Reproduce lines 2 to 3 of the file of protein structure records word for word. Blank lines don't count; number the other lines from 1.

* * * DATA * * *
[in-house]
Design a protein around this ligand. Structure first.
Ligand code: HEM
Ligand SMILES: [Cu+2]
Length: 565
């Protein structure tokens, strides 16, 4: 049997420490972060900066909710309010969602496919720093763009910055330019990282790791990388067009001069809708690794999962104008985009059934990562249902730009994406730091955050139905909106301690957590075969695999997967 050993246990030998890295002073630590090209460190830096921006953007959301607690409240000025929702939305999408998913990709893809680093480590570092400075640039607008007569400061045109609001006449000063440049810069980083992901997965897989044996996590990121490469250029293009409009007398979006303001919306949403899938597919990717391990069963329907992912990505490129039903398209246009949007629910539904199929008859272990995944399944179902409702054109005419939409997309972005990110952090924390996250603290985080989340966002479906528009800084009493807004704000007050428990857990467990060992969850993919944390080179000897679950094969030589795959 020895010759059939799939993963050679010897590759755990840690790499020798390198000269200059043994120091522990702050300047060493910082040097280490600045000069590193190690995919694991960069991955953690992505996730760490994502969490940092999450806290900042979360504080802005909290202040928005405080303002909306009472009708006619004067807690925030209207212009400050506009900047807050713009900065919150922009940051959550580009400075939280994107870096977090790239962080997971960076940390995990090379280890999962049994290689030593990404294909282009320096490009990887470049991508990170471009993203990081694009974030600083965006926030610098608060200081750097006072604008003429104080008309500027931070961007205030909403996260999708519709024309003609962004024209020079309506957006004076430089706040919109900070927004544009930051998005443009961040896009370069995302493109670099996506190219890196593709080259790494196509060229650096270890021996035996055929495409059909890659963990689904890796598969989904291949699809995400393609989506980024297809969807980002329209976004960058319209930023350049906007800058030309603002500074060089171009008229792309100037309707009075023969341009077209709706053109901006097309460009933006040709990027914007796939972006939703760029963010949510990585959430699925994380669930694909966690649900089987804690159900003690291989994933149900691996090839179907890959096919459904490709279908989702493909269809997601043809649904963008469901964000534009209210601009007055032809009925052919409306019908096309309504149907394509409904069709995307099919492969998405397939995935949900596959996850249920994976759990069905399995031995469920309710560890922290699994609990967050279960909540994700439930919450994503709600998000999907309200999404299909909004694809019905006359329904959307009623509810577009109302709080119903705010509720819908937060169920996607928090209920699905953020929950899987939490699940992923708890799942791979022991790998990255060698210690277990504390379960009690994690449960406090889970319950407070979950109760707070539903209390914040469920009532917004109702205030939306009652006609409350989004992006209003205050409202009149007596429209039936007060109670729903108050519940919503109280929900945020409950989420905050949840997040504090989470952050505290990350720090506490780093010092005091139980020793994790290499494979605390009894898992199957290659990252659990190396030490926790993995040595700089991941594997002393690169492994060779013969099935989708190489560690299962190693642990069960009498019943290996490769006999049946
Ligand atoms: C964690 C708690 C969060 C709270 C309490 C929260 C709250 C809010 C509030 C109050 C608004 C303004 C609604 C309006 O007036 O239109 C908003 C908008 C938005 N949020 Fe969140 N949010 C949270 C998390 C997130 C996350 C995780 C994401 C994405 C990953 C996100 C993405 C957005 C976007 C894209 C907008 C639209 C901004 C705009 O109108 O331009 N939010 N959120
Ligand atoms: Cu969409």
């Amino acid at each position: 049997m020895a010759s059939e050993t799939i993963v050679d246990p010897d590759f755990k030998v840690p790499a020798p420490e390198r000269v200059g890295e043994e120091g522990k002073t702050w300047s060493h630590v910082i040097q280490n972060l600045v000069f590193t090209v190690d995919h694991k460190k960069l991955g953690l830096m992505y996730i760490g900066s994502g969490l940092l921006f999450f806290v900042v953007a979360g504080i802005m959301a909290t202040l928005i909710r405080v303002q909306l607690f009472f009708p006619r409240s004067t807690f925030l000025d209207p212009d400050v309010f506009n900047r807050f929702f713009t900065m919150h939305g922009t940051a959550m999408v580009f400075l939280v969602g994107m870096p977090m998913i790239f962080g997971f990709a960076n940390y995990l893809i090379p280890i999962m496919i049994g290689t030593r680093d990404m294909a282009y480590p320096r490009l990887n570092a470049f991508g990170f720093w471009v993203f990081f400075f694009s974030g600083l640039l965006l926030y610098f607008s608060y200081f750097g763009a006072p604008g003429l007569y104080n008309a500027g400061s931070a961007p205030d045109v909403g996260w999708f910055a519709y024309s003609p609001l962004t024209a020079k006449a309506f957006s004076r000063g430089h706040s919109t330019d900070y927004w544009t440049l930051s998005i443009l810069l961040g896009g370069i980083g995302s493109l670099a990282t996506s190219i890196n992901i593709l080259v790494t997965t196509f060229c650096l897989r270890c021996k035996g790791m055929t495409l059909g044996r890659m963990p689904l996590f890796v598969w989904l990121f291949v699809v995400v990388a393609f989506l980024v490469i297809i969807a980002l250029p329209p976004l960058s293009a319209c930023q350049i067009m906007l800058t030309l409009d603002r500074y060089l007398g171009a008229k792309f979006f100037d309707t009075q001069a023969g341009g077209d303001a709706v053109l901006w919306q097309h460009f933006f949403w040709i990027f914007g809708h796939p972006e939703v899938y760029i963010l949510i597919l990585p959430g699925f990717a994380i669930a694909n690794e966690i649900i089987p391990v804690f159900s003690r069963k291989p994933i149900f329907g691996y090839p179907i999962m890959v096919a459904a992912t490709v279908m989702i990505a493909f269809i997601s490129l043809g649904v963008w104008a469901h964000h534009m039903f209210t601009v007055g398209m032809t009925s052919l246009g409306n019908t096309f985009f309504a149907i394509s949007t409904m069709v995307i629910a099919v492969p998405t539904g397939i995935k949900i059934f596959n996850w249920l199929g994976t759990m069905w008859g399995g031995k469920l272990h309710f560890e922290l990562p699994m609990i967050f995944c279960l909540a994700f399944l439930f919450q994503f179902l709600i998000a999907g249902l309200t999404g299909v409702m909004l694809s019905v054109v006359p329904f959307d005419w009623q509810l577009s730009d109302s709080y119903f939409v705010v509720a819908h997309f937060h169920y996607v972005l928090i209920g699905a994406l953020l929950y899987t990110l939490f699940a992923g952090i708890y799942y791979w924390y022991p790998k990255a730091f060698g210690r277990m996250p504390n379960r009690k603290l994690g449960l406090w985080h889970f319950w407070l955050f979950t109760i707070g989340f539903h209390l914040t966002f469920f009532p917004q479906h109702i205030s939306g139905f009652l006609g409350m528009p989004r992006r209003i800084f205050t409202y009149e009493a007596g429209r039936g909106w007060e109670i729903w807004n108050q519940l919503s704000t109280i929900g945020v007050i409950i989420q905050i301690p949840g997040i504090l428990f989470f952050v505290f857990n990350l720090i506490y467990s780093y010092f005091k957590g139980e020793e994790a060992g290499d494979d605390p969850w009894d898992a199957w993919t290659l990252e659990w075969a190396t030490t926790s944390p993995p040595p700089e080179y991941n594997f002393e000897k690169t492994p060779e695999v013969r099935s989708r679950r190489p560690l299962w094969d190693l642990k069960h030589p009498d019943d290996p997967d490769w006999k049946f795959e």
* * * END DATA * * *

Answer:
Design a protein around this ligand. Structure first.
Ligand code: HEM